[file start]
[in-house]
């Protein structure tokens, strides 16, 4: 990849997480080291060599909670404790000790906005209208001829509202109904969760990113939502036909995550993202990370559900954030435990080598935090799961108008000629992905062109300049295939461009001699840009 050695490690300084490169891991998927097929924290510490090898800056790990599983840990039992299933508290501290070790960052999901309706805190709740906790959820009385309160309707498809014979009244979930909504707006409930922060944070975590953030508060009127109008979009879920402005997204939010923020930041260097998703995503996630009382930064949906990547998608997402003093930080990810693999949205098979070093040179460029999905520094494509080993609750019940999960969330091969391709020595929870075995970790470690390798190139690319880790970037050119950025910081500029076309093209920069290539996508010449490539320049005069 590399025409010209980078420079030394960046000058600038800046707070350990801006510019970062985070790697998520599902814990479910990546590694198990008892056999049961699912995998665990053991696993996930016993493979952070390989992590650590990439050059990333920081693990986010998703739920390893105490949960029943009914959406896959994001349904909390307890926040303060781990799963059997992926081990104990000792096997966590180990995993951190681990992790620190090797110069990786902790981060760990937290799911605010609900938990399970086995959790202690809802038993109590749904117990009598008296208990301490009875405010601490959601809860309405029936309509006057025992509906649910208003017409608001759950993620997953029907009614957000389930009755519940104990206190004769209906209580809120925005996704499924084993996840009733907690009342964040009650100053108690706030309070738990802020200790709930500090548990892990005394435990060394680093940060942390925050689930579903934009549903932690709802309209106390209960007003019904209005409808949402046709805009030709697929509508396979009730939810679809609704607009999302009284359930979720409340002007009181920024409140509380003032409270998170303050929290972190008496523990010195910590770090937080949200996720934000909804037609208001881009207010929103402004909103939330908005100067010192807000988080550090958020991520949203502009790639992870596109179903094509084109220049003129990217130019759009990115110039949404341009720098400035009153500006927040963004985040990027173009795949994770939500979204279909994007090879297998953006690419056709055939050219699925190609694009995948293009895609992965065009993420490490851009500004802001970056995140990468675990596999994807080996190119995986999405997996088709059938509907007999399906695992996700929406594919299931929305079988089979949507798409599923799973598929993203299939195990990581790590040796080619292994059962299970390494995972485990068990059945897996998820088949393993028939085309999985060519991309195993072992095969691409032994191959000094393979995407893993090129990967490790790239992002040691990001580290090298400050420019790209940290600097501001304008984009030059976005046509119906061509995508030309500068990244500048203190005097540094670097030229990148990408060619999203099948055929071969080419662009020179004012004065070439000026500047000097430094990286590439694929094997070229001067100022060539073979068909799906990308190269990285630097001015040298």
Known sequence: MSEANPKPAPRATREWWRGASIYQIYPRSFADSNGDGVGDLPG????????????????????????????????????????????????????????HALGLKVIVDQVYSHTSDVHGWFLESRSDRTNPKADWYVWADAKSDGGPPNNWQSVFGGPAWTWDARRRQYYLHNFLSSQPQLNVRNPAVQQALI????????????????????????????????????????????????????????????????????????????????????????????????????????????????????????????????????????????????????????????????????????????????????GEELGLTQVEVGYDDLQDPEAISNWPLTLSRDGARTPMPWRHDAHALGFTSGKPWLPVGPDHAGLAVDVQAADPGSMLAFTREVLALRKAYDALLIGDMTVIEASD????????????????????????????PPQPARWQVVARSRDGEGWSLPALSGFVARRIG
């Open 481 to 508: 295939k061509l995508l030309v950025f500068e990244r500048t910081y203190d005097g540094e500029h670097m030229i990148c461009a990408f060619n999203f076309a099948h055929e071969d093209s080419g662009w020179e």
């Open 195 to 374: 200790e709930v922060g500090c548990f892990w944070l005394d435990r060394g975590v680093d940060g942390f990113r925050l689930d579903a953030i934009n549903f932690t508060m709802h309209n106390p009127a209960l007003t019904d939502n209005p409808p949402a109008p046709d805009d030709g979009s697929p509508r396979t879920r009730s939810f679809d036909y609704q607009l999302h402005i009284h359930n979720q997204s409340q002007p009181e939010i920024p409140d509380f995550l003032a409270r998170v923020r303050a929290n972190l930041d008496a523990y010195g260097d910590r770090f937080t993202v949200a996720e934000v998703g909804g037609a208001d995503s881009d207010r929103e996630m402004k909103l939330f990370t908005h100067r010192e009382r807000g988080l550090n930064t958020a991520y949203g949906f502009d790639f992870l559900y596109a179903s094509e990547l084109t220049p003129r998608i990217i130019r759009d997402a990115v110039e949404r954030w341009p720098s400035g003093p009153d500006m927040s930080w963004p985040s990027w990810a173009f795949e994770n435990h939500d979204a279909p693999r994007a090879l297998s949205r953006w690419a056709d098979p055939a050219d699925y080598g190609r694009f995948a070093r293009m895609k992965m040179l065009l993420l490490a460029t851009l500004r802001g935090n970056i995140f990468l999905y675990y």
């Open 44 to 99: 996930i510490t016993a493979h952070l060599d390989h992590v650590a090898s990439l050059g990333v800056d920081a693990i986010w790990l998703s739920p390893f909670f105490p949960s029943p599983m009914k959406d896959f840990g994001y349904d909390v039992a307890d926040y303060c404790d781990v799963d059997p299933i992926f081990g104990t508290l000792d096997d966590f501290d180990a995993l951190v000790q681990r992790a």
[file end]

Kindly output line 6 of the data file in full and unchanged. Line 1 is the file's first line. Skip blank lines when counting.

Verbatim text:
């Open 44 to 99: 996930i510490t016993a493979h952070l060599d390989h992590v650590a090898s990439l050059g990333v800056d920081a693990i986010w790990l998703s739920p390893f909670f105490p949960s029943p599983m009914k959406d896959f840990g994001y349904d909390v039992a307890d926040y303060c404790d781990v799963d059997p299933i992926f081990g104990t508290l000792d096997d966590f501290d180990a995993l951190v000790q681990r992790a």